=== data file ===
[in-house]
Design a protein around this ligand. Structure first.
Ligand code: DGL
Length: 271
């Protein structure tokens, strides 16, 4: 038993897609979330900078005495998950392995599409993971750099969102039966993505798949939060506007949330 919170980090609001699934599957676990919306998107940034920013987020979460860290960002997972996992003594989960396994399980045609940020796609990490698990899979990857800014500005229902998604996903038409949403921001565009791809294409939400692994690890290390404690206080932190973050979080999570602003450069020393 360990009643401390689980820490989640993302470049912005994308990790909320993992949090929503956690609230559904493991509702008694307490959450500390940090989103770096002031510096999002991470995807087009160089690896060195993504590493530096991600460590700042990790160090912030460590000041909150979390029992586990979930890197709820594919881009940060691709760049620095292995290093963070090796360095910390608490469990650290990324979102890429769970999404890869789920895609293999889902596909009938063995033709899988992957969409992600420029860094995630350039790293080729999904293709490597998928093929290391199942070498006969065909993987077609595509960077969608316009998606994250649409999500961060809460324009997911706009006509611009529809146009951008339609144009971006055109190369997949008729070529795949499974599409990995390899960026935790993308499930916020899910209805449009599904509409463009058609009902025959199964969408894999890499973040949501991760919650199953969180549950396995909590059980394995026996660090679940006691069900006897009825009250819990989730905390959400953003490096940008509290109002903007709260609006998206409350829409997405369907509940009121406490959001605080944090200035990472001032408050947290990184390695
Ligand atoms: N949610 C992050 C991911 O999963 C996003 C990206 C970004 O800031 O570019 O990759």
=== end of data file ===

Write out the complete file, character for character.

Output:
[in-house]
Design a protein around this ligand. Structure first.
Ligand code: DGL
Length: 271
């Protein structure tokens, strides 16, 4: 038993897609979330900078005495998950392995599409993971750099969102039966993505798949939060506007949330 919170980090609001699934599957676990919306998107940034920013987020979460860290960002997972996992003594989960396994399980045609940020796609990490698990899979990857800014500005229902998604996903038409949403921001565009791809294409939400692994690890290390404690206080932190973050979080999570602003450069020393 360990009643401390689980820490989640993302470049912005994308990790909320993992949090929503956690609230559904493991509702008694307490959450500390940090989103770096002031510096999002991470995807087009160089690896060195993504590493530096991600460590700042990790160090912030460590000041909150979390029992586990979930890197709820594919881009940060691709760049620095292995290093963070090796360095910390608490469990650290990324979102890429769970999404890869789920895609293999889902596909009938063995033709899988992957969409992600420029860094995630350039790293080729999904293709490597998928093929290391199942070498006969065909993987077609595509960077969608316009998606994250649409999500961060809460324009997911706009006509611009529809146009951008339609144009971006055109190369997949008729070529795949499974599409990995390899960026935790993308499930916020899910209805449009599904509409463009058609009902025959199964969408894999890499973040949501991760919650199953969180549950396995909590059980394995026996660090679940006691069900006897009825009250819990989730905390959400953003490096940008509290109002903007709260609006998206409350829409997405369907509940009121406490959001605080944090200035990472001032408050947290990184390695
Ligand atoms: N949610 C992050 C991911 O999963 C996003 C990206 C970004 O800031 O570019 O990759």